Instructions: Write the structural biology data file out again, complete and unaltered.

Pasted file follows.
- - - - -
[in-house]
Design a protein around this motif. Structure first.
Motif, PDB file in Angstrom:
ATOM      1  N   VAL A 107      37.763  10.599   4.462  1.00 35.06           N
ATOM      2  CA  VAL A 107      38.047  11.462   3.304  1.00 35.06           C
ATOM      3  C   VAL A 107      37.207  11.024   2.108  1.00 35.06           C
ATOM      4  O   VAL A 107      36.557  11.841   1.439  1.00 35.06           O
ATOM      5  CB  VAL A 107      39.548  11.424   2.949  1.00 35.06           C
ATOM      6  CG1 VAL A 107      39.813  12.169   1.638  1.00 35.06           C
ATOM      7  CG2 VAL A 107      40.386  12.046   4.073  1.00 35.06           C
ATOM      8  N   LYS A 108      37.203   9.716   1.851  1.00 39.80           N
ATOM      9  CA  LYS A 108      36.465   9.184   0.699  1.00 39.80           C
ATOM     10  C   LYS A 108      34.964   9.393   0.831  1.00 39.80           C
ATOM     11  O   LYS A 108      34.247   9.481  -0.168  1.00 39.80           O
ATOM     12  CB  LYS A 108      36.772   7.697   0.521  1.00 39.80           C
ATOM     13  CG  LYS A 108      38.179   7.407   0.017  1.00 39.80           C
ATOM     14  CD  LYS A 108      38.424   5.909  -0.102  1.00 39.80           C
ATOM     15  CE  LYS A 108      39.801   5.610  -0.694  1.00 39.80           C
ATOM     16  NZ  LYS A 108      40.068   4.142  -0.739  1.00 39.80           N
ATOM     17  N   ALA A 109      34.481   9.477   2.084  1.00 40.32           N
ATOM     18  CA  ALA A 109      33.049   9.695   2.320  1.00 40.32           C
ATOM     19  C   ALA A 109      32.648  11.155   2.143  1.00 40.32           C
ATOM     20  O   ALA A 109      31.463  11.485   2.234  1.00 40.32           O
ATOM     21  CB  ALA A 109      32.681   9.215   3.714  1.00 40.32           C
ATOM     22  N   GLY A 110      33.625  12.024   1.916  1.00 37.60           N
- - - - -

[in-house]
Design a protein around this motif. Structure first.
Motif, PDB file in Angstrom:
ATOM      1  N   VAL A 107      37.763  10.599   4.462  1.00 35.06           N
ATOM      2  CA  VAL A 107      38.047  11.462   3.304  1.00 35.06           C
ATOM      3  C   VAL A 107      37.207  11.024   2.108  1.00 35.06           C
ATOM      4  O   VAL A 107      36.557  11.841   1.439  1.00 35.06           O
ATOM      5  CB  VAL A 107      39.548  11.424   2.949  1.00 35.06           C
ATOM      6  CG1 VAL A 107      39.813  12.169   1.638  1.00 35.06           C
ATOM      7  CG2 VAL A 107      40.386  12.046   4.073  1.00 35.06           C
ATOM      8  N   LYS A 108      37.203   9.716   1.851  1.00 39.80           N
ATOM      9  CA  LYS A 108      36.465   9.184   0.699  1.00 39.80           C
ATOM     10  C   LYS A 108      34.964   9.393   0.831  1.00 39.80           C
ATOM     11  O   LYS A 108      34.247   9.481  -0.168  1.00 39.80           O
ATOM     12  CB  LYS A 108      36.772   7.697   0.521  1.00 39.80           C
ATOM     13  CG  LYS A 108      38.179   7.407   0.017  1.00 39.80           C
ATOM     14  CD  LYS A 108      38.424   5.909  -0.102  1.00 39.80           C
ATOM     15  CE  LYS A 108      39.801   5.610  -0.694  1.00 39.80           C
ATOM     16  NZ  LYS A 108      40.068   4.142  -0.739  1.00 39.80           N
ATOM     17  N   ALA A 109      34.481   9.477   2.084  1.00 40.32           N
ATOM     18  CA  ALA A 109      33.049   9.695   2.320  1.00 40.32           C
ATOM     19  C   ALA A 109      32.648  11.155   2.143  1.00 40.32           C
ATOM     20  O   ALA A 109      31.463  11.485   2.234  1.00 40.32           O
ATOM     21  CB  ALA A 109      32.681   9.215   3.714  1.00 40.32           C
ATOM     22  N   GLY A 110      33.625  12.024   1.916  1.00 37.60           N